"For the first time since the start of the peace process, a majority of Palestinians support a compromise settlement that is acceptable to a majority of Israelis. Therefore, the time is ripe to deal with permanent-status issues," Shikaki writes. This shift in support for compromise gives policymakers greater diplomatic room to maneuver than ever before. Conversely, "Palestinian misperception of Israeli public attitudes is evident even when it comes to one of the core elements of the peace process: the two-state solution. Lack of normal personal interaction, because the only Israelis most Palestinians encounter are soldiers or armed settlers, encourages misperception and the desire to portray the other side negatively."

The third trend: There is a close and constant direct connection among Palestinians between the state-building process and peace-making. The study demonstrates that without consistent progress toward stability, the chances of Palestinians finding their way to democracy and good governance decrease. Under current conditions, the democratic game will play into the hands of Hamas, and will minimize chances of peace with Israel. In the past decade, it became clear that the absence of good governance caused a weakening of the political institutions, the spread of corruption, and removal from the diplomatic process of the Islamists and the young generation of the nationalist movement. The outcome was that the Palestinian Authority succeeded in providing neither progress toward a settlement with Israel nor critical public services. This led to an erosion of its legitimacy and to encouragement of an opposition that defiantly challenged its leadership, to the point of establishment of a state within a state.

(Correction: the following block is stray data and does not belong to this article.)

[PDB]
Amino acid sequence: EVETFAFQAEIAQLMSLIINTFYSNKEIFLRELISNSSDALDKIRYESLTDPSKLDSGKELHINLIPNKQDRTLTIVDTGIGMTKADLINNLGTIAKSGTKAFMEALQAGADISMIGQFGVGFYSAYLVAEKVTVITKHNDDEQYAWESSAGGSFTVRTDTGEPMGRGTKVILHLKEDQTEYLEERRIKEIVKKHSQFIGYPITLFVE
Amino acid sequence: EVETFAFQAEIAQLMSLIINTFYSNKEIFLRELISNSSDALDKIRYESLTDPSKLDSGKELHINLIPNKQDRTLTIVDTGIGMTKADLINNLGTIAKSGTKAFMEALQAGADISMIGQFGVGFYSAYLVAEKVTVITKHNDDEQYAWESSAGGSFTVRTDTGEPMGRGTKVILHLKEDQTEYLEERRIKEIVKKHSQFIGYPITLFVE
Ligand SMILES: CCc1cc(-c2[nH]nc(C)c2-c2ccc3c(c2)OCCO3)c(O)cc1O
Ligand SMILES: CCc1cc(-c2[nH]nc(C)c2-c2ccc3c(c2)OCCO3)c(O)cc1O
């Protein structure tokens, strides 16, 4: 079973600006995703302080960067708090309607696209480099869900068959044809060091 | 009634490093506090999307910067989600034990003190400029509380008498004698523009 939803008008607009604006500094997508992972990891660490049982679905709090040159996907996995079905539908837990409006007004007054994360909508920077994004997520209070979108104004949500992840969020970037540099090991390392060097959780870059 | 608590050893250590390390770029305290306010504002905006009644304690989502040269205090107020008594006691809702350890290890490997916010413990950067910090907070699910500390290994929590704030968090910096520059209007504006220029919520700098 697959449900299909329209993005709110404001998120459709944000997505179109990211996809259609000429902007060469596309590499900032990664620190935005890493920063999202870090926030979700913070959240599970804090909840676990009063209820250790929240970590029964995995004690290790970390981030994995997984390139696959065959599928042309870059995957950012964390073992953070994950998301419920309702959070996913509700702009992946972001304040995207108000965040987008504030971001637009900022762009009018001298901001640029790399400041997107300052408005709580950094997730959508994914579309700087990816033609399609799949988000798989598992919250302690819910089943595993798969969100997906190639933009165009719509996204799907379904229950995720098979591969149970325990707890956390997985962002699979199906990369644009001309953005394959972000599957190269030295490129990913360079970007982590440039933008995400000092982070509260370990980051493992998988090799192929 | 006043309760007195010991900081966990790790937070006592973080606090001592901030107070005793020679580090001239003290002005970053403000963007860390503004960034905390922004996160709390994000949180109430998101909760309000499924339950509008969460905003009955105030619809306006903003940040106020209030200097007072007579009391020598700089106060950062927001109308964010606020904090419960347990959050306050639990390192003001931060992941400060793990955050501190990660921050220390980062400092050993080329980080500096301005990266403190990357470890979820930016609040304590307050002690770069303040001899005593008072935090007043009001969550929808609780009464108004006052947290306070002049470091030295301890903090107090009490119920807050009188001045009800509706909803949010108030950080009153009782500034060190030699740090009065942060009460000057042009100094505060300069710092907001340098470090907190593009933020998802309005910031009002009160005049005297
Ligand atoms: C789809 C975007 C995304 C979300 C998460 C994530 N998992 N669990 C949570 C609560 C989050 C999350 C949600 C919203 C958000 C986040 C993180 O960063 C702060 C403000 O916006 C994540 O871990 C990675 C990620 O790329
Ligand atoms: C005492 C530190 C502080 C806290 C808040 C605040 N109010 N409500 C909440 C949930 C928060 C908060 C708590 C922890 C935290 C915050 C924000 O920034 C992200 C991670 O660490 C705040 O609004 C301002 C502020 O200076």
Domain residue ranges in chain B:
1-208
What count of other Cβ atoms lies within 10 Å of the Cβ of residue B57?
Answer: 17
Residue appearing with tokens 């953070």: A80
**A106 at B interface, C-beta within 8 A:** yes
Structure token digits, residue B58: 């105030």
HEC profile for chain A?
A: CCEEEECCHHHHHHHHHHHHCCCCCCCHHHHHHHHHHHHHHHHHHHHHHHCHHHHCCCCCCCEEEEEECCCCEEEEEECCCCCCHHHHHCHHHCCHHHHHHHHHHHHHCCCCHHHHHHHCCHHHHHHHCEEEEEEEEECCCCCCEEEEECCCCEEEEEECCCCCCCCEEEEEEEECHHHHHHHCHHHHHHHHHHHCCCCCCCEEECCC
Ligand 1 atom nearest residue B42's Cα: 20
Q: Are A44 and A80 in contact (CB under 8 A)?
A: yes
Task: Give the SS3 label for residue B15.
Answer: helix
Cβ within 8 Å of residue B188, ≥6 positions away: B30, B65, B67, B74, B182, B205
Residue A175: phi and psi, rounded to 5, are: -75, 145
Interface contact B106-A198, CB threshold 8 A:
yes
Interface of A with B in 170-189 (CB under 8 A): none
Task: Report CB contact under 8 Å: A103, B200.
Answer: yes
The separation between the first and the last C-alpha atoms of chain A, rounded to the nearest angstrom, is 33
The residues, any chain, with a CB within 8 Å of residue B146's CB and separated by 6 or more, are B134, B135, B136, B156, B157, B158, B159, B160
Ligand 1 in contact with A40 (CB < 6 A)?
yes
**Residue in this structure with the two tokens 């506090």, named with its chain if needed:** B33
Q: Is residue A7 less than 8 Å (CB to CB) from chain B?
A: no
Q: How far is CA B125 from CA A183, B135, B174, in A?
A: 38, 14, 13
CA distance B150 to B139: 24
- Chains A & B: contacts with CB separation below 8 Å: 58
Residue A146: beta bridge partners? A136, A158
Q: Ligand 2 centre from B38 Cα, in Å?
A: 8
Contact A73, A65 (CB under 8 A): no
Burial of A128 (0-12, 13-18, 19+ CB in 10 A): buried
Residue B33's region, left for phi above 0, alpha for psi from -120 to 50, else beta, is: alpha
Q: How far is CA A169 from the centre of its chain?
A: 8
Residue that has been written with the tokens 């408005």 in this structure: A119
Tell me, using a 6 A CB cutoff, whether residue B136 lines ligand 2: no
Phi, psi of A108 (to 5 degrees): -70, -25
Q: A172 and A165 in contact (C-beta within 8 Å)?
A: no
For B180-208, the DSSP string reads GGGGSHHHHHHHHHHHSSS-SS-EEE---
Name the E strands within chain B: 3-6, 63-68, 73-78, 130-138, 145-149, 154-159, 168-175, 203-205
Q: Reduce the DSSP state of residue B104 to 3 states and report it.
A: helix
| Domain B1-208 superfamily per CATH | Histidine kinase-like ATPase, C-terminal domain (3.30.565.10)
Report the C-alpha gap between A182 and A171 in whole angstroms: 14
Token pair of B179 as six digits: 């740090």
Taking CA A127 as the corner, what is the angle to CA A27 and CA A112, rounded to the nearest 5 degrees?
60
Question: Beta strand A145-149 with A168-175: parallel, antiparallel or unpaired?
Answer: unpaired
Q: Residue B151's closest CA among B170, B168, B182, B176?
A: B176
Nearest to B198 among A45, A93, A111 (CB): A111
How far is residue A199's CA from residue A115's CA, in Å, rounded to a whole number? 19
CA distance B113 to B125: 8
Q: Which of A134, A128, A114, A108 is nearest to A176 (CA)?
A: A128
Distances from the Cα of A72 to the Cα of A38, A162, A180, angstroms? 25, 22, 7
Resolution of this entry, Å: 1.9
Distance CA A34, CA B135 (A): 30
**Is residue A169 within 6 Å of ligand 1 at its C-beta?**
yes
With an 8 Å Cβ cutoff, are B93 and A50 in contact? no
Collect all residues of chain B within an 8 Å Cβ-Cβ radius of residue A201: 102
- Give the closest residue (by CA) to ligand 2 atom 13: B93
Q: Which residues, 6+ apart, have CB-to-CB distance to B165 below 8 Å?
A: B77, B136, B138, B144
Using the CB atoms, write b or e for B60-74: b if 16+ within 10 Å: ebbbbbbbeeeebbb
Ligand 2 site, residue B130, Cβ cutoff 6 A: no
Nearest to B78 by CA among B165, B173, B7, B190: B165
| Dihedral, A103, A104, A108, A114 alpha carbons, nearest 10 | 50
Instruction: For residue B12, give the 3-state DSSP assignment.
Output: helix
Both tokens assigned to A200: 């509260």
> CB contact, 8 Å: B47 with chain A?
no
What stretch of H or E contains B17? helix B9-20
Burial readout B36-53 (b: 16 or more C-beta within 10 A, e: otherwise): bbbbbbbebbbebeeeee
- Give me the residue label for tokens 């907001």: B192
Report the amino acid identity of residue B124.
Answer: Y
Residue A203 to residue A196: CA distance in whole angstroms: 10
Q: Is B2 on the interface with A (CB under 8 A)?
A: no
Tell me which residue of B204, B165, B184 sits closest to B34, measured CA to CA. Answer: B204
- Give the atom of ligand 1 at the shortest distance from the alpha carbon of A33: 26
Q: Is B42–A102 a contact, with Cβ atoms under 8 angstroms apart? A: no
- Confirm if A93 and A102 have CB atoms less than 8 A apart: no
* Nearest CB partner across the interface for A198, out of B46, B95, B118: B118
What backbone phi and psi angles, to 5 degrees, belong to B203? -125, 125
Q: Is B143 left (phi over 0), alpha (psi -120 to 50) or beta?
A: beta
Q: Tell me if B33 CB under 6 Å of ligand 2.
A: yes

Given the situation, Shikaki continues, the Palestinian Authority leadership lost the political will to enforce law and order. Moreover, the Islamists, who are seen as uncorrupted, attracted increasingly greater waves of support, to the point of a shift in the balance of political forces. In this manner, the status of the nationalist groups, who were the surviving backbone of the peace process, was further weakened. Shikaki believes that a struggle against corruption, including the dismissal of many of the heads of the security organizations, is the key for Fatah to the hearts of the public that has found shelter in the bosom of Hamas.